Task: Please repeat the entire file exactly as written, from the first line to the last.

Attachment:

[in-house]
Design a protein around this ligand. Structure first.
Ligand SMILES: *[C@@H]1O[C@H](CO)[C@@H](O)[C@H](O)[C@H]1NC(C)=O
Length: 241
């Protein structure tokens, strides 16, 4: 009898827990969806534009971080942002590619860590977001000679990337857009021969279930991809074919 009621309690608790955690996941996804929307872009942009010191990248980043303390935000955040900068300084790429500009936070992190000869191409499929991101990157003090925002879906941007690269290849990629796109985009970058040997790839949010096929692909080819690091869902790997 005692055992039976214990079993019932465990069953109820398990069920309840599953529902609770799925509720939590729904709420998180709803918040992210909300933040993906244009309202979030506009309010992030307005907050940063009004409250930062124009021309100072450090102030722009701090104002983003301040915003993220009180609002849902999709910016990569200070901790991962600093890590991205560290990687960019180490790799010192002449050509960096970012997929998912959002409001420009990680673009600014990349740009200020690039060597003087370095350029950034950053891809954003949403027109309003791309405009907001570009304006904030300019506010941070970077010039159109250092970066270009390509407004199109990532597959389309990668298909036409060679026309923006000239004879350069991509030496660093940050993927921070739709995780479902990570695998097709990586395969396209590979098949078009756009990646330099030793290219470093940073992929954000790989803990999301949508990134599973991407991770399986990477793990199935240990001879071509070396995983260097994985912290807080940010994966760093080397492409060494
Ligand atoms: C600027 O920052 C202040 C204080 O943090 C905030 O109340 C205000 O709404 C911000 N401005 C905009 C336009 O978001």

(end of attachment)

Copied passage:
[in-house]
Design a protein around this ligand. Structure first.
Ligand SMILES: *[C@@H]1O[C@H](CO)[C@@H](O)[C@H](O)[C@H]1NC(C)=O
Length: 241
């Protein structure tokens, strides 16, 4: 009898827990969806534009971080942002590619860590977001000679990337857009021969279930991809074919 009621309690608790955690996941996804929307872009942009010191990248980043303390935000955040900068300084790429500009936070992190000869191409499929991101990157003090925002879906941007690269290849990629796109985009970058040997790839949010096929692909080819690091869902790997 005692055992039976214990079993019932465990069953109820398990069920309840599953529902609770799925509720939590729904709420998180709803918040992210909300933040993906244009309202979030506009309010992030307005907050940063009004409250930062124009021309100072450090102030722009701090104002983003301040915003993220009180609002849902999709910016990569200070901790991962600093890590991205560290990687960019180490790799010192002449050509960096970012997929998912959002409001420009990680673009600014990349740009200020690039060597003087370095350029950034950053891809954003949403027109309003791309405009907001570009304006904030300019506010941070970077010039159109250092970066270009390509407004199109990532597959389309990668298909036409060679026309923006000239004879350069991509030496660093940050993927921070739709995780479902990570695998097709990586395969396209590979098949078009756009990646330099030793290219470093940073992929954000790989803990999301949508990134599973991407991770399986990477793990199935240990001879071509070396995983260097994985912290807080940010994966760093080397492409060494
Ligand atoms: C600027 O920052 C202040 C204080 O943090 C905030 O109340 C205000 O709404 C911000 N401005 C905009 C336009 O978001």